OBJECTIVE - The goal of this study is to devise a machine learning framework to assist care coordination programs in prognostic stratification to design and deliver personalized care plans and to allocate financial and medical resources effectively.
MATERIALS AND METHODS - This study is based on a de-identified cohort of 2,521 hypertension patients from a chronic care coordination program at the Vanderbilt University Medical Center. Patients were modeled as vectors of features derived from electronic health records (EHRs) over a six-year period. We applied a stepwise regression to identify risk factors associated with a decrease in mean arterial pressure of at least 2 mmHg after program enrollment. The resulting features were subsequently validated via a logistic regression classifier. Finally, risk factors were applied to group the patients through model-based clustering.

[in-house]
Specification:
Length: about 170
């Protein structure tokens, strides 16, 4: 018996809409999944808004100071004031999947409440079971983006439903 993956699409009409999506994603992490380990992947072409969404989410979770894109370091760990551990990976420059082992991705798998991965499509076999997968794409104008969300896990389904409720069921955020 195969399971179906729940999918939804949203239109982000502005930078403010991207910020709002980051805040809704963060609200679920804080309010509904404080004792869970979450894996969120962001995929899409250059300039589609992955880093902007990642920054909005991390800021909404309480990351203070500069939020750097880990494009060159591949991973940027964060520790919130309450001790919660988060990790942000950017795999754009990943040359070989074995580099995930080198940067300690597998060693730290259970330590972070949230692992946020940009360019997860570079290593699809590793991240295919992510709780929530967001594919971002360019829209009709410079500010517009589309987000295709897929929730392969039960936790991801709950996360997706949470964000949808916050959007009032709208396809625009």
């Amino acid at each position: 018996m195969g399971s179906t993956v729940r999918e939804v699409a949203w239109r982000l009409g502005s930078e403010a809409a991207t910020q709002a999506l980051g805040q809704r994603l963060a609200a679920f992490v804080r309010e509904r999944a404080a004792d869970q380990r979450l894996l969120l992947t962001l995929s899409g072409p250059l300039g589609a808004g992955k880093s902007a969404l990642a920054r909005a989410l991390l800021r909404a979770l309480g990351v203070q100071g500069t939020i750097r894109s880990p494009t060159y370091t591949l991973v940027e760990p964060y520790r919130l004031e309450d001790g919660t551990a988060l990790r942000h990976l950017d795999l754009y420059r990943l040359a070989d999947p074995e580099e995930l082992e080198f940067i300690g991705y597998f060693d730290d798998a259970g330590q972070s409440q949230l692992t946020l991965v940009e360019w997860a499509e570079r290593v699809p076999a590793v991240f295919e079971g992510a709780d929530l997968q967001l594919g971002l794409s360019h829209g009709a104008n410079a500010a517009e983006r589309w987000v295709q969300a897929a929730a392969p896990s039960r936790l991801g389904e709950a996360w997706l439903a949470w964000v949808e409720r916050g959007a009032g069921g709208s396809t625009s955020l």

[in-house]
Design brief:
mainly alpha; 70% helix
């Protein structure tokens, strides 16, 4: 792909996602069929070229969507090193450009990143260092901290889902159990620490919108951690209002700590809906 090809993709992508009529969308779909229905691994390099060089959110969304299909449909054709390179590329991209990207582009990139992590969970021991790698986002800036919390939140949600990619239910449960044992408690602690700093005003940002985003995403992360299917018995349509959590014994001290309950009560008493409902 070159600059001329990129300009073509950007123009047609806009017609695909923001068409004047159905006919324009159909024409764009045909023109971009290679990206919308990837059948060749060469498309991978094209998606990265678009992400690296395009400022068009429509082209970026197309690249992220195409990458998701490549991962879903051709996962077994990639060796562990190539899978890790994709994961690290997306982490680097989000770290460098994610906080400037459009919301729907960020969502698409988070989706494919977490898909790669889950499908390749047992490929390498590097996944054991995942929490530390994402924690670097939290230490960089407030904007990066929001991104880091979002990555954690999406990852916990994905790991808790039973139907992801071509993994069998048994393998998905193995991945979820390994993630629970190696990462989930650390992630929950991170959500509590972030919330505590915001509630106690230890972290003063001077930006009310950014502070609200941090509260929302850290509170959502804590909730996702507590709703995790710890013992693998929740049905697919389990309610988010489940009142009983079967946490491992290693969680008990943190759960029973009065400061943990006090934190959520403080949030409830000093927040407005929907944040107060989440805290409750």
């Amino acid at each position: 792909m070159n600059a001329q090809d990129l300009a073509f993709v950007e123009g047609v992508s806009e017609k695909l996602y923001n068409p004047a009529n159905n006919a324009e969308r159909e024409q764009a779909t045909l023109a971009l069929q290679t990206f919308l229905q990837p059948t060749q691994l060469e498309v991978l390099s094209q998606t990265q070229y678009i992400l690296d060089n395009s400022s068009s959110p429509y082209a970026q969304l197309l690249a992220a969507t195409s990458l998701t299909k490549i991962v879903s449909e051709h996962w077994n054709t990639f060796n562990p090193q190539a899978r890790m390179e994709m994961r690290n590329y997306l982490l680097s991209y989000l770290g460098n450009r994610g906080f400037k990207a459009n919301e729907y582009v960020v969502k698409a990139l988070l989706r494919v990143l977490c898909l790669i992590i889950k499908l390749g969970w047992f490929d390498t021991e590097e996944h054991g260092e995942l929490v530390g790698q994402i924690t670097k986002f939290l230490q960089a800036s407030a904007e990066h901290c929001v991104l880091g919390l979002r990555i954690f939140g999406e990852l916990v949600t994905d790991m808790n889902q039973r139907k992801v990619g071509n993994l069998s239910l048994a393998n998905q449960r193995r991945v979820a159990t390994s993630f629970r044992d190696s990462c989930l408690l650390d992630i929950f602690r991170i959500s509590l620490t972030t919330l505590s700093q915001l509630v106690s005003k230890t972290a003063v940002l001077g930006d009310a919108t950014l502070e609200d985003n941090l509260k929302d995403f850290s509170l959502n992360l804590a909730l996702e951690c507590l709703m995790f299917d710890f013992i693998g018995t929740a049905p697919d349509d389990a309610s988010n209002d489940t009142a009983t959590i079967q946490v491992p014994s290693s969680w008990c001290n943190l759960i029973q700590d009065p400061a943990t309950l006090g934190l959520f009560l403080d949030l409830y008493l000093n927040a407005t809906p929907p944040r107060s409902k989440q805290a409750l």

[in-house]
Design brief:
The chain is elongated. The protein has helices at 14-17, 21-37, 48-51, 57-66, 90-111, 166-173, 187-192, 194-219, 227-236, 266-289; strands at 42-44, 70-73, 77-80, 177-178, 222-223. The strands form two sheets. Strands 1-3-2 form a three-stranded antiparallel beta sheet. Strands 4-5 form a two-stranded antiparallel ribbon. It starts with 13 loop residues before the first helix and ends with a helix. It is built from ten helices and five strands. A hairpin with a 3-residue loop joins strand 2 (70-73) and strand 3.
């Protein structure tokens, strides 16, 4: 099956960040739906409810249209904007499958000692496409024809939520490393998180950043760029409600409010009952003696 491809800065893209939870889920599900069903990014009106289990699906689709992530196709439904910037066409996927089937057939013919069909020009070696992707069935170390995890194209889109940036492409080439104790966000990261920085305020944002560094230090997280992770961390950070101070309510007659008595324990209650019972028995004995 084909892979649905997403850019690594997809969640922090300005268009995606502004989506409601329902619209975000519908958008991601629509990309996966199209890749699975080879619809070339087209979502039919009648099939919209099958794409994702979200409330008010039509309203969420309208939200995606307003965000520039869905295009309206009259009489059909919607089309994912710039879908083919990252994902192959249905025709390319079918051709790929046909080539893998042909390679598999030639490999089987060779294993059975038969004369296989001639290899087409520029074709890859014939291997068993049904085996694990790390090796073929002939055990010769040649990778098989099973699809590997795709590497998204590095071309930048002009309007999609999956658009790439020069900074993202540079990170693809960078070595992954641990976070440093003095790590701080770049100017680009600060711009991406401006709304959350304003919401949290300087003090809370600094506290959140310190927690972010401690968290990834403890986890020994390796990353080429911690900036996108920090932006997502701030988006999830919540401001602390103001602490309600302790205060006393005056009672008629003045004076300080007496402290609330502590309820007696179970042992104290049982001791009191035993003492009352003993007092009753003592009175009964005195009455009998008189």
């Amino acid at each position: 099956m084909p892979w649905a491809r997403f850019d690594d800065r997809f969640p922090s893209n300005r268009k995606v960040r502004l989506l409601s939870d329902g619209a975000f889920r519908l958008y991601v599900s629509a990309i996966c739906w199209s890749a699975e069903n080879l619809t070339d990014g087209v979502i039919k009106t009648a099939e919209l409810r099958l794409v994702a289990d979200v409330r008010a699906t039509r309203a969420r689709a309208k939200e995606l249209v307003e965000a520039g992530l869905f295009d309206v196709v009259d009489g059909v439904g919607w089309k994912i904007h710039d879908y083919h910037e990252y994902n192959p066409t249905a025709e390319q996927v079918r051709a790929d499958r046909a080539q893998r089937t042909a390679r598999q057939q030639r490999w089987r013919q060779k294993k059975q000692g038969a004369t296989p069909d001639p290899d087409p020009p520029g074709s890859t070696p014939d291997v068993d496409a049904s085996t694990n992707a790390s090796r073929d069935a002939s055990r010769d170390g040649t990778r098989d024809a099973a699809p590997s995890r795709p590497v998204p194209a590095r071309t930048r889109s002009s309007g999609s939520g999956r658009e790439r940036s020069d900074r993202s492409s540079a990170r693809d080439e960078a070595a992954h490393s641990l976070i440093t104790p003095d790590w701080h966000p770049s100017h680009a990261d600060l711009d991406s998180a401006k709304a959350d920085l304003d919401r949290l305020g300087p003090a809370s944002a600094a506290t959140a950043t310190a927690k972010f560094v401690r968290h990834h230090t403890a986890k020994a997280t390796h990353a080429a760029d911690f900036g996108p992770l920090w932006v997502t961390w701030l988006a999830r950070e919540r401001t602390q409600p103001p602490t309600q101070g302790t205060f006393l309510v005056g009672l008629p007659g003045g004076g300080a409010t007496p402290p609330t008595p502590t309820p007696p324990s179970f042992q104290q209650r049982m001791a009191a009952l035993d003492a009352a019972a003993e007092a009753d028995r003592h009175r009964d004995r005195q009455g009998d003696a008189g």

RESULTS - We identified a set of predictive features that consisted of a mix of demographic, medication, and diagnostic concepts. Logistic regression over these features yielded an area under the ROC curve (AUC) of 0.71 (95% CI: [0.67, 0.76]). Based on these features, four clinically meaningful groups are identified through clustering - two of which represented patients with more severe disease profiles, while the remaining represented patients with mild disease profiles.
DISCUSSION - Patients with hypertension can exhibit significant variation in their blood pressure control status and responsiveness to therapy. Yet this work shows that a clustering analysis can generate more homogeneous patient groups, which may aid clinicians in designing and implementing customized care programs.
CONCLUSION - The study shows that predictive modeling and clustering using EHR data can be beneficial for providing a systematic, generalized approach for care providers to tailor their management approach based upon patient-level factors.